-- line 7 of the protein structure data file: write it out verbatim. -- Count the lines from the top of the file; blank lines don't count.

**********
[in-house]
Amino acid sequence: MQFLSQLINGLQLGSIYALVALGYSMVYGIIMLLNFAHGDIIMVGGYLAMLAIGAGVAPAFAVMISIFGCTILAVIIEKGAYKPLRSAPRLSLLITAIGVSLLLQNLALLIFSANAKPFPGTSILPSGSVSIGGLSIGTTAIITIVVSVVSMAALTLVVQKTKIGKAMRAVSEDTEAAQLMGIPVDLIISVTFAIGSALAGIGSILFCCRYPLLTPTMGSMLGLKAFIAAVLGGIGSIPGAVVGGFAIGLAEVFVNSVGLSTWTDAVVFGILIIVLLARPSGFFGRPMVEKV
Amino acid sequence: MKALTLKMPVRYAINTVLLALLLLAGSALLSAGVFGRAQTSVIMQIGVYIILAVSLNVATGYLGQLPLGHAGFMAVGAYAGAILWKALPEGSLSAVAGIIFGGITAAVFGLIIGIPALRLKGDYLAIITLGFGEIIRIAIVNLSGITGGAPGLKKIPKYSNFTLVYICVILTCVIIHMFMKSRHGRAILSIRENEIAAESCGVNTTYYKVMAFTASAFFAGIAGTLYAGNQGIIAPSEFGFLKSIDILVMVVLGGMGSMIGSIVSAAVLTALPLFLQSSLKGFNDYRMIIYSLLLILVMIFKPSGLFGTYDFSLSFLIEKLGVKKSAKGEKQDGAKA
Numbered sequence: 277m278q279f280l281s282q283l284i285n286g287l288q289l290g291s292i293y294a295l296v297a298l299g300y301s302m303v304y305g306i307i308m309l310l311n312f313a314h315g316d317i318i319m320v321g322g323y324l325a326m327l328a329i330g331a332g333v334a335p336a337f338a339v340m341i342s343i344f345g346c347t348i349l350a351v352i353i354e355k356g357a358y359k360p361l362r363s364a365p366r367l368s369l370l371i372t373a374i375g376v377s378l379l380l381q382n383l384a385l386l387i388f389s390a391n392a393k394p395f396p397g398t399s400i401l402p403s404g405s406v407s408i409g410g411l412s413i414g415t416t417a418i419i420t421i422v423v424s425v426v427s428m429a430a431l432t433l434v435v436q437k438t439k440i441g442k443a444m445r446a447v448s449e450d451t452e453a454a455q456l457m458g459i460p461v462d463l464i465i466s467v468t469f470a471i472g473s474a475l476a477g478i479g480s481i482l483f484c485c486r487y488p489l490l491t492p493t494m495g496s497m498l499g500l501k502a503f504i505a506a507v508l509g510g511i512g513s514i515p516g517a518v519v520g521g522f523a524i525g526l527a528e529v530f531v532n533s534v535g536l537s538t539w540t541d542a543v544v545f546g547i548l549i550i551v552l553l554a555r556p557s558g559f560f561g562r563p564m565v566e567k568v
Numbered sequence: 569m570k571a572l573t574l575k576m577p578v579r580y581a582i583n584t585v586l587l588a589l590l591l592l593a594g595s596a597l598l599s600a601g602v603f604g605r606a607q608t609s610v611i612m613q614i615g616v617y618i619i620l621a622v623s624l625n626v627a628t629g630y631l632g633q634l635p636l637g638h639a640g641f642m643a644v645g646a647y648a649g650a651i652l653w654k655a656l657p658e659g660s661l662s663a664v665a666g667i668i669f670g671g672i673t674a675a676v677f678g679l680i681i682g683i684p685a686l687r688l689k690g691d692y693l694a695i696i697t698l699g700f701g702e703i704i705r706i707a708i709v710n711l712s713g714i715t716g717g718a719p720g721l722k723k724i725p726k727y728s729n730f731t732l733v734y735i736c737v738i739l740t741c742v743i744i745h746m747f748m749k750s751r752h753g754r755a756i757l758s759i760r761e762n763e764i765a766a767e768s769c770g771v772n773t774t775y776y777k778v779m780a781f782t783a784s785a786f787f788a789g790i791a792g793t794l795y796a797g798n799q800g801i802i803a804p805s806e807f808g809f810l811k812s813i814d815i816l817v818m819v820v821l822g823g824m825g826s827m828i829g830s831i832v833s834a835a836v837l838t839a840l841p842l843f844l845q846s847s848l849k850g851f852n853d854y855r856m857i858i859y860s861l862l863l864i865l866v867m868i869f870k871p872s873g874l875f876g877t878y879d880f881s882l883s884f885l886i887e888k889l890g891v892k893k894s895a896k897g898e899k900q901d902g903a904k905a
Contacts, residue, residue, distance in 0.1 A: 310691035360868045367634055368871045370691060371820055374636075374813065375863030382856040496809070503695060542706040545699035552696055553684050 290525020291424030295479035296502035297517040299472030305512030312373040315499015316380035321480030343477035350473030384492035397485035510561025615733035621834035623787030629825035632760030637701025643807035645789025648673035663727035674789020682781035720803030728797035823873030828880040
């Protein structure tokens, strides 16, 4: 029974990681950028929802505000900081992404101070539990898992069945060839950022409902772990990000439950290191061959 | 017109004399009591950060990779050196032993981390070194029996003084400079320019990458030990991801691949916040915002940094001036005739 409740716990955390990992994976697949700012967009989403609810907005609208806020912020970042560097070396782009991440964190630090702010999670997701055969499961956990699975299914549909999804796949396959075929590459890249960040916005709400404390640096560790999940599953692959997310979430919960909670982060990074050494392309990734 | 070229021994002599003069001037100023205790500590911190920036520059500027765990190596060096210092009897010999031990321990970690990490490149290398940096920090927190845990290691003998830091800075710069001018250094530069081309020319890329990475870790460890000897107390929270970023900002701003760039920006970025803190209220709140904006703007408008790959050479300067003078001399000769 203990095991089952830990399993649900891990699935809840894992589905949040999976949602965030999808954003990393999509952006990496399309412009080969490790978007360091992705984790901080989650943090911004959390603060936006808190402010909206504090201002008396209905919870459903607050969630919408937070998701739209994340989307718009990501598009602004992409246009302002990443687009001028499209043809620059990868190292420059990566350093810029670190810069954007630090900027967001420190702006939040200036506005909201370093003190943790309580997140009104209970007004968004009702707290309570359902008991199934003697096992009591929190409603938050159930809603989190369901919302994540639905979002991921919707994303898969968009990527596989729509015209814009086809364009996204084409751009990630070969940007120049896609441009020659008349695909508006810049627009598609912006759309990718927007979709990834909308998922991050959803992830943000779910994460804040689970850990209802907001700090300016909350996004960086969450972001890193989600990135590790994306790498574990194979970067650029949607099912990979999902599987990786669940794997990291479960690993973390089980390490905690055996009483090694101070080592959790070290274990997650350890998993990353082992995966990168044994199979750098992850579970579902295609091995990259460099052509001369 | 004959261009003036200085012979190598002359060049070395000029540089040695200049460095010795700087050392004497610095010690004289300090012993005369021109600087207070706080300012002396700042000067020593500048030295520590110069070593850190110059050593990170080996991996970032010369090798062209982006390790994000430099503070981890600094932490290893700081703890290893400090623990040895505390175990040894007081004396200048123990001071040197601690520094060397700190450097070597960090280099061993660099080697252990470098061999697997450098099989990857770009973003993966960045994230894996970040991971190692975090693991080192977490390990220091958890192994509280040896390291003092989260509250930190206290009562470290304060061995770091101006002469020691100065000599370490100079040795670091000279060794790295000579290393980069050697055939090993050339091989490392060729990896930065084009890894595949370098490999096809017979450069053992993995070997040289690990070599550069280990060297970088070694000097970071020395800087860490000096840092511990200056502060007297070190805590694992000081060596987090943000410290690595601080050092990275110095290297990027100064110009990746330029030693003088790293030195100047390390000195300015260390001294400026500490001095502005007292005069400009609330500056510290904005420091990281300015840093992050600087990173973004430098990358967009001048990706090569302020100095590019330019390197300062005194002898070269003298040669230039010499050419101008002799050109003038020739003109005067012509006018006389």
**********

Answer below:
């Protein structure tokens, strides 16, 4: 029974990681950028929802505000900081992404101070539990898992069945060839950022409902772990990000439950290191061959 | 017109004399009591950060990779050196032993981390070194029996003084400079320019990458030990991801691949916040915002940094001036005739 409740716990955390990992994976697949700012967009989403609810907005609208806020912020970042560097070396782009991440964190630090702010999670997701055969499961956990699975299914549909999804796949396959075929590459890249960040916005709400404390640096560790999940599953692959997310979430919960909670982060990074050494392309990734 | 070229021994002599003069001037100023205790500590911190920036520059500027765990190596060096210092009897010999031990321990970690990490490149290398940096920090927190845990290691003998830091800075710069001018250094530069081309020319890329990475870790460890000897107390929270970023900002701003760039920006970025803190209220709140904006703007408008790959050479300067003078001399000769 203990095991089952830990399993649900891990699935809840894992589905949040999976949602965030999808954003990393999509952006990496399309412009080969490790978007360091992705984790901080989650943090911004959390603060936006808190402010909206504090201002008396209905919870459903607050969630919408937070998701739209994340989307718009990501598009602004992409246009302002990443687009001028499209043809620059990868190292420059990566350093810029670190810069954007630090900027967001420190702006939040200036506005909201370093003190943790309580997140009104209970007004968004009702707290309570359902008991199934003697096992009591929190409603938050159930809603989190369901919302994540639905979002991921919707994303898969968009990527596989729509015209814009086809364009996204084409751009990630070969940007120049896609441009020659008349695909508006810049627009598609912006759309990718927007979709990834909308998922991050959803992830943000779910994460804040689970850990209802907001700090300016909350996004960086969450972001890193989600990135590790994306790498574990194979970067650029949607099912990979999902599987990786669940794997990291479960690993973390089980390490905690055996009483090694101070080592959790070290274990997650350890998993990353082992995966990168044994199979750098992850579970579902295609091995990259460099052509001369 | 004959261009003036200085012979190598002359060049070395000029540089040695200049460095010795700087050392004497610095010690004289300090012993005369021109600087207070706080300012002396700042000067020593500048030295520590110069070593850190110059050593990170080996991996970032010369090798062209982006390790994000430099503070981890600094932490290893700081703890290893400090623990040895505390175990040894007081004396200048123990001071040197601690520094060397700190450097070597960090280099061993660099080697252990470098061999697997450098099989990857770009973003993966960045994230894996970040991971190692975090693991080192977490390990220091958890192994509280040896390291003092989260509250930190206290009562470290304060061995770091101006002469020691100065000599370490100079040795670091000279060794790295000579290393980069050697055939090993050339091989490392060729990896930065084009890894595949370098490999096809017979450069053992993995070997040289690990070599550069280990060297970088070694000097970071020395800087860490000096840092511990200056502060007297070190805590694992000081060596987090943000410290690595601080050092990275110095290297990027100064110009990746330029030693003088790293030195100047390390000195300015260390001294400026500490001095502005007292005069400009609330500056510290904005420091990281300015840093992050600087990173973004430098990358967009001048990706090569302020100095590019330019390197300062005194002898070269003298040669230039010499050419101008002799050109003038020739003109005067012509006018006389």